More or less specificity was shown by the complement fixation reaction, but it was not absolute. Weak fixation occurred when the anti-icteroides serum was mixed with one or the other of the icterohæmorrhagiæ strains and vice versa, and strong fixation occurred only when the antiserum was mixed with one of the icteroides strains. The question naturally arises whether or not this apparent specificity is due to the homology of the serum and not altogether to a difference in genus of the strains. In other words, it is justifiable to question whether all these variations in the degree of intensity of the reaction are not due to strain variations of the same genus. This question is not finally settled by the present investigation, in which only four icteroides and nine icterohæmorrhagiæ strains have been carefully studied. Nevertheless, on the basis of the findings with these thirteen strains, it seems probable that Leptospira icteroides and Leptospira icterohæmorrhagiæ are closely allied but are nevertheless distinct in their immunological reactions. Perhaps the difference between the two may amount to that between subspecies or races. It has been pointed out earlier that the pathogenicity of the two is also distinct, inasmuch as icteroides produces chiefly icterus and nephritis and icterohæmorrhagiæ hemorrhage and nephritis, the icterus being less and the hemorrhage more prominent in the evolution of the latter infection.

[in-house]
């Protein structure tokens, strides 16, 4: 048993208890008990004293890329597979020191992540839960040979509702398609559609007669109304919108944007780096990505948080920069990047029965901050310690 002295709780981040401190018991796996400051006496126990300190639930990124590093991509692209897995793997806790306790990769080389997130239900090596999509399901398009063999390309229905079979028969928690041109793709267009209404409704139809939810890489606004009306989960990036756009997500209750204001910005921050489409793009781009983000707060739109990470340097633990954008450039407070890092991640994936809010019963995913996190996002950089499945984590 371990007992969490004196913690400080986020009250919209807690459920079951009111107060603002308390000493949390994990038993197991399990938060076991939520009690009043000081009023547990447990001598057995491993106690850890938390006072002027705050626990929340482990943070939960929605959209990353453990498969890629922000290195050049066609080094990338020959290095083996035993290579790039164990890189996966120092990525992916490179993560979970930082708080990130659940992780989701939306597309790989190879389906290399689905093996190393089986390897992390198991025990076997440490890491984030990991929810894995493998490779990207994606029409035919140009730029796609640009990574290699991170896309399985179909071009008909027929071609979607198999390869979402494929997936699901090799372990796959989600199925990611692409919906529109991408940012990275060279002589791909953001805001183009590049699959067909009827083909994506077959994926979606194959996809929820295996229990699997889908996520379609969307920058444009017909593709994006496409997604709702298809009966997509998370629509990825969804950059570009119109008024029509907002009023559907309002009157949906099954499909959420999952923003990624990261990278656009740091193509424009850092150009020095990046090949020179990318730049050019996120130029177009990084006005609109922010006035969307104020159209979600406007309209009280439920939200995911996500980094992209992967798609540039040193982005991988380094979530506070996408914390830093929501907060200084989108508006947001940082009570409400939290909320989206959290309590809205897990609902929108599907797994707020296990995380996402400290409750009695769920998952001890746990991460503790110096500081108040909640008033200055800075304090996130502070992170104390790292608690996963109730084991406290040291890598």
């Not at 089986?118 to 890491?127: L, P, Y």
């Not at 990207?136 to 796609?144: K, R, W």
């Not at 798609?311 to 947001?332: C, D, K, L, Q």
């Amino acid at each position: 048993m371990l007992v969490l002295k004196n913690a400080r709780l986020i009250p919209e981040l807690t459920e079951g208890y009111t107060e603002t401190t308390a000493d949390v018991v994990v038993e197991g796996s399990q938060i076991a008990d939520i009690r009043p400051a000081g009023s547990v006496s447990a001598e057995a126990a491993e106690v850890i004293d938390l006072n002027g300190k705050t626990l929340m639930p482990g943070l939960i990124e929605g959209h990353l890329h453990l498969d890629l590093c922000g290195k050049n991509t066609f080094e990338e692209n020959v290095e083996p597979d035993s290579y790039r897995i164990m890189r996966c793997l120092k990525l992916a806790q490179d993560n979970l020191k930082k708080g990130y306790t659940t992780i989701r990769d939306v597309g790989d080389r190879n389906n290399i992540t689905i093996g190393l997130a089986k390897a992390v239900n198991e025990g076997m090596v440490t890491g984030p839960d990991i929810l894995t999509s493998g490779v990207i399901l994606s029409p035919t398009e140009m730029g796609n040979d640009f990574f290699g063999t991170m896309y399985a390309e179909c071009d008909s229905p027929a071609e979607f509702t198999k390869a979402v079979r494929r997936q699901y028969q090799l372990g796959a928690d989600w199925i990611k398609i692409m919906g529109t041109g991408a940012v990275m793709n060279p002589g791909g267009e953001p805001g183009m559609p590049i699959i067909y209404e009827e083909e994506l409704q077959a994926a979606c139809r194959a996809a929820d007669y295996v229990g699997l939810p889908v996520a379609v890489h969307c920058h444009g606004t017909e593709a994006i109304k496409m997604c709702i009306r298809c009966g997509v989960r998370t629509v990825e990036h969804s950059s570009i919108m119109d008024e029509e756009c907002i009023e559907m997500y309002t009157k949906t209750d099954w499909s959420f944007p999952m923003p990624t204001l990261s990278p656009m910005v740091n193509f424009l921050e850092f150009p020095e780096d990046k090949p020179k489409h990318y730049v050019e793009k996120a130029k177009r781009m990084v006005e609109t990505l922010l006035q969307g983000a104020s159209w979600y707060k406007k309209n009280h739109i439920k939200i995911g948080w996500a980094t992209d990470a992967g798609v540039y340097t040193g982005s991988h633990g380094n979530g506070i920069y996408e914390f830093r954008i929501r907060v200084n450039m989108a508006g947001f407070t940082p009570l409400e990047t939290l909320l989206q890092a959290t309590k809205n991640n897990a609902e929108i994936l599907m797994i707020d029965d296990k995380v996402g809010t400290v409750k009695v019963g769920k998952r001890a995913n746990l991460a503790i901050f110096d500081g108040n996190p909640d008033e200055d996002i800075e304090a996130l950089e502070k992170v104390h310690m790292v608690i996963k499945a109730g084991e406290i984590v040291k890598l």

In the study of active immunity—exclusive of vaccination—difficulty has been experienced in the evaluation of the results, owing to the existence of natural resistance to infection among guinea pigs. A guinea pig may recover from the inoculation of Leptospira icteroides and then resist a subsequent inoculation with a virulent strain of Leptospira icterohæmorrhagiæ, a condition simulating that brought about by the identity of the two organisms. However, the refractoriness of such an animal to icterohæmorrhagiæ may be due to its natural immunity to it. In the present study, therefore, only those guinea pigs were selected which had reacted typically—though in mild degree —to the icteroides infection, in order to determine whether they were subsequently immune to the inoculation of icterohæmorrhagiæ. Indeed, by this mode of experimentation it was found that the guinea pigs which had once passed through an attack of the icteroides infection were absolutely immune to a second infection with the same organism but reacted severely and sometimes fatally to a later inoculation of icterohæmorrhagiæ. Although there were a number of instances in which a previous infection with icteroides did not confer any perceptible immunity upon the guinea pigs against icterohæmorrhagiæ, another group of guinea pigs showed a considerable resistance to the icterohæmorrhagiæ infection as compared with those which had never been inoculated with icteroides. There is not much doubt, therefore, that an icteroides attack brings about, in some instances at least, a certain degree of resistance to the icterohæmorrhagiæ infection. Hence the study of the phenomena of active immunity strongly indicates that icteroides is closely related immunologically to icterohæmorrhagiæ.